There are two things wrong with Michelle Rhee’s recent oped, “In Budget Crises, an Opening for School Reform,” in the Wall Street Journal. First, it isn’t about the students, and second, it isn’t about saving money.

Having founded an organization she calls “StudentsFirst,” Ms. Rhee seems to be steeped in the adults’ side of the equation when she discusses school reform. Two of her three main concerns are centered on teachers and parents and her answers encompass teacher effectiveness and parent choice. If Ms. Rhee concentrated on students instead, she would realize that no matter what our 20th-century education system does, short of entering into the 21st century, it will never get to the root of the problem: the students aren’t listening.

If you have small children now or have observed them, you know that even at the age of two, they are already using computing devices of all kinds to learn things, to play, to explore, to entertain themselves. What do you think will happen to those children when they enter kindergarten and are faced with an adult who is talking at them? What do you think happens now to our high school students in the same situation when teaching is inevitably geared to the middling student, leaving behind both the straggler and the over-achiever?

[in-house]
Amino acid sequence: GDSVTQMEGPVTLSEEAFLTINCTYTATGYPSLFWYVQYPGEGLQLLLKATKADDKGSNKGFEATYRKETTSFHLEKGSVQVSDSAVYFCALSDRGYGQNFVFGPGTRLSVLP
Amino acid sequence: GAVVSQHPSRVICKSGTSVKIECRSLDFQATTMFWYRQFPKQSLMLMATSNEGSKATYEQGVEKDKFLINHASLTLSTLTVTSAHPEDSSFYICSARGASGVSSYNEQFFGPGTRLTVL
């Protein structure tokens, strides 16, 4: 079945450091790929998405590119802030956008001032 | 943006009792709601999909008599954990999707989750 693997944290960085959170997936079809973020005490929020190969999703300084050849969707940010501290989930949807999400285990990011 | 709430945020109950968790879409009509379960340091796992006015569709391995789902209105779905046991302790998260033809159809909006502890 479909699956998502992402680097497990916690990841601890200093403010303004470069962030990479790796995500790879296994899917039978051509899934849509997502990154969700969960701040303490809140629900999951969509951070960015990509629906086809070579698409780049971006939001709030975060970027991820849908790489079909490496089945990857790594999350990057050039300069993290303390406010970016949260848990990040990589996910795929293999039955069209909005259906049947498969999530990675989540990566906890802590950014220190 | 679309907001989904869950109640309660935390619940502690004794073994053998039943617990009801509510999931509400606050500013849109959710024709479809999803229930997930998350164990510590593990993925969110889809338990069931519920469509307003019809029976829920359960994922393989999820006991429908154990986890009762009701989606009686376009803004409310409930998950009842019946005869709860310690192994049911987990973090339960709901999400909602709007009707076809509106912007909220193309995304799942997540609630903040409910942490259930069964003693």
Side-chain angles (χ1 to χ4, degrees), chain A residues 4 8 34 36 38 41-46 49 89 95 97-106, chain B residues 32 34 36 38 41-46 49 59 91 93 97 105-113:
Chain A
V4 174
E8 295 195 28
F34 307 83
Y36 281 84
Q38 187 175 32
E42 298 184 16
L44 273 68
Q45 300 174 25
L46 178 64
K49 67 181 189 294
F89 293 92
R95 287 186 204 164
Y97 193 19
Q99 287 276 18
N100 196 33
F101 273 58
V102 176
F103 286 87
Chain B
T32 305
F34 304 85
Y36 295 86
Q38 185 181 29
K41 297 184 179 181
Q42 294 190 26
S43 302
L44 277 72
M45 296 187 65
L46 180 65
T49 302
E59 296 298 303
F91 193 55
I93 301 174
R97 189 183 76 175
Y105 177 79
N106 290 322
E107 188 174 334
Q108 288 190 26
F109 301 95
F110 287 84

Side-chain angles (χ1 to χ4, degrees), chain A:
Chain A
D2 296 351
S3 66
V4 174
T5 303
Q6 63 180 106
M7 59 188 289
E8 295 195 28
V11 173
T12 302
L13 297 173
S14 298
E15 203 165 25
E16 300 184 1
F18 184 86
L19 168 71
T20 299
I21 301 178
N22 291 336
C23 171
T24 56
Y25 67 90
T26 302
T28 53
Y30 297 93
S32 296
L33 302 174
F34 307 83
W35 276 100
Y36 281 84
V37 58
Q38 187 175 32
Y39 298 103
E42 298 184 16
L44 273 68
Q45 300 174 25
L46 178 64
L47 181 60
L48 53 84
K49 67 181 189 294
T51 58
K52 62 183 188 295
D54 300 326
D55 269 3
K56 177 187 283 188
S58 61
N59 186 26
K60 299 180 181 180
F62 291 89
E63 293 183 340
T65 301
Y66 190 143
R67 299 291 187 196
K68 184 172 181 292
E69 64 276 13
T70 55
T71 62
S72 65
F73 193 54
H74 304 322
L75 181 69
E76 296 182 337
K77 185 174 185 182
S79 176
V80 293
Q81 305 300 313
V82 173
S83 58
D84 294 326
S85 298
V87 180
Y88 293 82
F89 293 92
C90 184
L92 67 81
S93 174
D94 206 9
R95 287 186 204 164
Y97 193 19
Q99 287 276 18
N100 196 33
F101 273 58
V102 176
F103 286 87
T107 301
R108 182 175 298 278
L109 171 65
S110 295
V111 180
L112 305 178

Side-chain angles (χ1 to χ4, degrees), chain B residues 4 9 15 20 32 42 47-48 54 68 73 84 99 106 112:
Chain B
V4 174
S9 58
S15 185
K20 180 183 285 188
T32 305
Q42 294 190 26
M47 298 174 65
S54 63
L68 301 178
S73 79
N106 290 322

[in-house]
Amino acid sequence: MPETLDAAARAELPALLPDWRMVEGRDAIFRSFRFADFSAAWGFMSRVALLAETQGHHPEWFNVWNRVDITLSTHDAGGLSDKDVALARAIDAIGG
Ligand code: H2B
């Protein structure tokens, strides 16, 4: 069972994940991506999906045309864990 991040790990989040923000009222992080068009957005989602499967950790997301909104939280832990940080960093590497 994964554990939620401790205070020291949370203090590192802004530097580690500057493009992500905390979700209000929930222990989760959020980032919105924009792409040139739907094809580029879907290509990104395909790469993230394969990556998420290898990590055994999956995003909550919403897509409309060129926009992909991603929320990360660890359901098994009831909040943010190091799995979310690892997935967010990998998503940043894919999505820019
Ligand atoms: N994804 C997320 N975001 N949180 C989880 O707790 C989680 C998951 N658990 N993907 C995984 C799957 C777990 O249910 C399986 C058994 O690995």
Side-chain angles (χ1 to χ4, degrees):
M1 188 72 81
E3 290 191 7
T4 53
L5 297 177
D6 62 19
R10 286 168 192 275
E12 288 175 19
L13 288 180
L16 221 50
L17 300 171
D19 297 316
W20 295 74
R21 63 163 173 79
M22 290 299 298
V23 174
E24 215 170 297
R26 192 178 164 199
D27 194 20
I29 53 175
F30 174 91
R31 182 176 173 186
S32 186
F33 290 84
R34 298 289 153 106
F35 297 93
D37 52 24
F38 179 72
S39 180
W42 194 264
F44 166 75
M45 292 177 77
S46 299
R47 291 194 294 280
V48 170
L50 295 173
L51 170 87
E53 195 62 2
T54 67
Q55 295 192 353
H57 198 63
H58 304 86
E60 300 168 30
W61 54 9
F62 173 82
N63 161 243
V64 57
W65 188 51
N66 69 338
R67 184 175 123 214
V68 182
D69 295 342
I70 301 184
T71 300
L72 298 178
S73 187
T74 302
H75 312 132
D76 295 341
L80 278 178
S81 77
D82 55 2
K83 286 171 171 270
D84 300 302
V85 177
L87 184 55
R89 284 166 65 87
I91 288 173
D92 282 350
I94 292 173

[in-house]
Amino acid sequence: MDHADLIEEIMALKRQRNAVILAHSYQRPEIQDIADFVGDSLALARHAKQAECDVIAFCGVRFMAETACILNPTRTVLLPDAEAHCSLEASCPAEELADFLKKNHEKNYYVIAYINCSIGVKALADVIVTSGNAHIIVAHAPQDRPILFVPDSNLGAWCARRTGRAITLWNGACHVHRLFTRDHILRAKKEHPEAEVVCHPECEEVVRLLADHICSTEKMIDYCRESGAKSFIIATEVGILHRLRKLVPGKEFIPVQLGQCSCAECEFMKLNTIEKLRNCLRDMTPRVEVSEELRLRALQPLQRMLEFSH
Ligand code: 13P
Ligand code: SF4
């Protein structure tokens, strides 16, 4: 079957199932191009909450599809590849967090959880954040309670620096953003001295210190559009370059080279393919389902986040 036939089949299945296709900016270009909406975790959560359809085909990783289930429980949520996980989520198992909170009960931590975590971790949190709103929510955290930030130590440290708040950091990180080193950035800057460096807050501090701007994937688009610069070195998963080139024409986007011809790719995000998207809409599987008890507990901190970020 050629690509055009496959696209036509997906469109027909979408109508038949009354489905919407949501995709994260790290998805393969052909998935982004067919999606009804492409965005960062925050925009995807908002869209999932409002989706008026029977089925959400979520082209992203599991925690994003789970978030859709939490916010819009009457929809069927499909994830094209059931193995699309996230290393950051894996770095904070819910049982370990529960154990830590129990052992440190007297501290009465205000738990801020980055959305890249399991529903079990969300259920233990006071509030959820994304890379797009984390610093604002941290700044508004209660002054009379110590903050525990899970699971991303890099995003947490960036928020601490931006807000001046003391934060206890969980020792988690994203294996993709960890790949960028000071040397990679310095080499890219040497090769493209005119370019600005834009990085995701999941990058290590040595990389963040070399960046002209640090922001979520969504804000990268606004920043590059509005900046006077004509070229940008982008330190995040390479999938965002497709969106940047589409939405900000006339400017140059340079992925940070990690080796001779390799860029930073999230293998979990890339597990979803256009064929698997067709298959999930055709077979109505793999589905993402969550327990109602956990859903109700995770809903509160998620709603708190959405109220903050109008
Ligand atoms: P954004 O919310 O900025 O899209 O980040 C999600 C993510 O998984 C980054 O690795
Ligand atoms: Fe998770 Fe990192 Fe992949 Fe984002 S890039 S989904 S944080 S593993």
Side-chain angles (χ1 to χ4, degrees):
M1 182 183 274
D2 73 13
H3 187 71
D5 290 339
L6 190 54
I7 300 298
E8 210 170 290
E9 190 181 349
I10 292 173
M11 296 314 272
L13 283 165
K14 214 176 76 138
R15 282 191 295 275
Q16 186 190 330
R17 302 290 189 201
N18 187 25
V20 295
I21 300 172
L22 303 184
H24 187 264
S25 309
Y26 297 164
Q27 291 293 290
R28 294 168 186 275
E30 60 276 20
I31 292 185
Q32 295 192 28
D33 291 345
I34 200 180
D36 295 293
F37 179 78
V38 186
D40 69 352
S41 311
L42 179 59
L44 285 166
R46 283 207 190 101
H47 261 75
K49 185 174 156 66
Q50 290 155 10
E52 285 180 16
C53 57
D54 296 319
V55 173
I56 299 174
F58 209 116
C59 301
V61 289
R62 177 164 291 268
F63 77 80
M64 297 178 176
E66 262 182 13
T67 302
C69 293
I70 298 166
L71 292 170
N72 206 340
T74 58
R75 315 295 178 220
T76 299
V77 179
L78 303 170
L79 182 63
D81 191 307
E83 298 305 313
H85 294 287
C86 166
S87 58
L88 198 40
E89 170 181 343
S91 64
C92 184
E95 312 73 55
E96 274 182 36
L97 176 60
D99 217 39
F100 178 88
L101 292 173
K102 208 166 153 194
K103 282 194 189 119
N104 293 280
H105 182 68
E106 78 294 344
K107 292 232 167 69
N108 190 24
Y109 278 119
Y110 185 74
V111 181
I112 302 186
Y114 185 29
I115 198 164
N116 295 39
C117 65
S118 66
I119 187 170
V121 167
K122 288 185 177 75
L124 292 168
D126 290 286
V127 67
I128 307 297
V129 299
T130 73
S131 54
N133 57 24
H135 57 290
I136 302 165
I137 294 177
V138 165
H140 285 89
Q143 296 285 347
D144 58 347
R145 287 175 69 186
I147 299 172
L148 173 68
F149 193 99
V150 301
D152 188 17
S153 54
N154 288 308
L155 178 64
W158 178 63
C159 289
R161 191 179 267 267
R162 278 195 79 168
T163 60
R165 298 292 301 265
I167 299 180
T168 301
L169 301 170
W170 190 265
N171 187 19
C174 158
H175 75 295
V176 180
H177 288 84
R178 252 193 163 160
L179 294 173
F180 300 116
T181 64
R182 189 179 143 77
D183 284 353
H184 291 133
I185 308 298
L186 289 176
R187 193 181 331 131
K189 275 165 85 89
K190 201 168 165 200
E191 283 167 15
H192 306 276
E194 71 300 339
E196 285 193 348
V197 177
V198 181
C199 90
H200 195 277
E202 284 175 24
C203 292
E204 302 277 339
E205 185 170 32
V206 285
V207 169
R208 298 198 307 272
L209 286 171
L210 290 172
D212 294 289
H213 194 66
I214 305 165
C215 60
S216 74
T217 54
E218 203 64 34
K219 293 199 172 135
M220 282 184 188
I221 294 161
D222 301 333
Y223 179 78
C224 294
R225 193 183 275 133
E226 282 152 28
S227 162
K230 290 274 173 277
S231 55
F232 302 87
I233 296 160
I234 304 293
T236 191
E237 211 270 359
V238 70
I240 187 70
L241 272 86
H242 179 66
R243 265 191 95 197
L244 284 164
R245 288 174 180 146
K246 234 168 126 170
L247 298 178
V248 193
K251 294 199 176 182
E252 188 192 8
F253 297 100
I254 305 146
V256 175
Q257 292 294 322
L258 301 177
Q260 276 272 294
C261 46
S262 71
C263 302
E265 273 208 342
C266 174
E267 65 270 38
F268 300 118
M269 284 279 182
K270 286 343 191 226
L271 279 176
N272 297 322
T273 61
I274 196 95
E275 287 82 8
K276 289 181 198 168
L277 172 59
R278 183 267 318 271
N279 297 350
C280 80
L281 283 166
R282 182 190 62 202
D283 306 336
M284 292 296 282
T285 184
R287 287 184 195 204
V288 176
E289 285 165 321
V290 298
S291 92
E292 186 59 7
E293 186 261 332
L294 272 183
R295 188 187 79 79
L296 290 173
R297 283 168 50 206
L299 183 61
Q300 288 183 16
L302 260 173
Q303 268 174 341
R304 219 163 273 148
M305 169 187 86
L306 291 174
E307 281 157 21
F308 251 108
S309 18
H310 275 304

None of Ms. Rhee’s solutions will move the achievement needle as urgently as this country needs it to move if it is to remain competitive. Our comparative advantage is that we have more resources and are further along in technology than our competitors. We have to transform the way our children learn. Using the immense power of technology to individualize education, students have to be enabled to reach their potential in the context of the 21st century. That’s putting students first.

And if you want to face the budgetary crisis head on, you have to find solutions that streamline the process, increase productivity, and improve the product all at the same time. Only technology can make that happen. Better teachers (3.5 million of them?), empowered parents – those represent inputs, not outcomes. The reforms Ms. Rhee suggests are not money savers; they only reshuffle the chairs on the deck of the Titanic.


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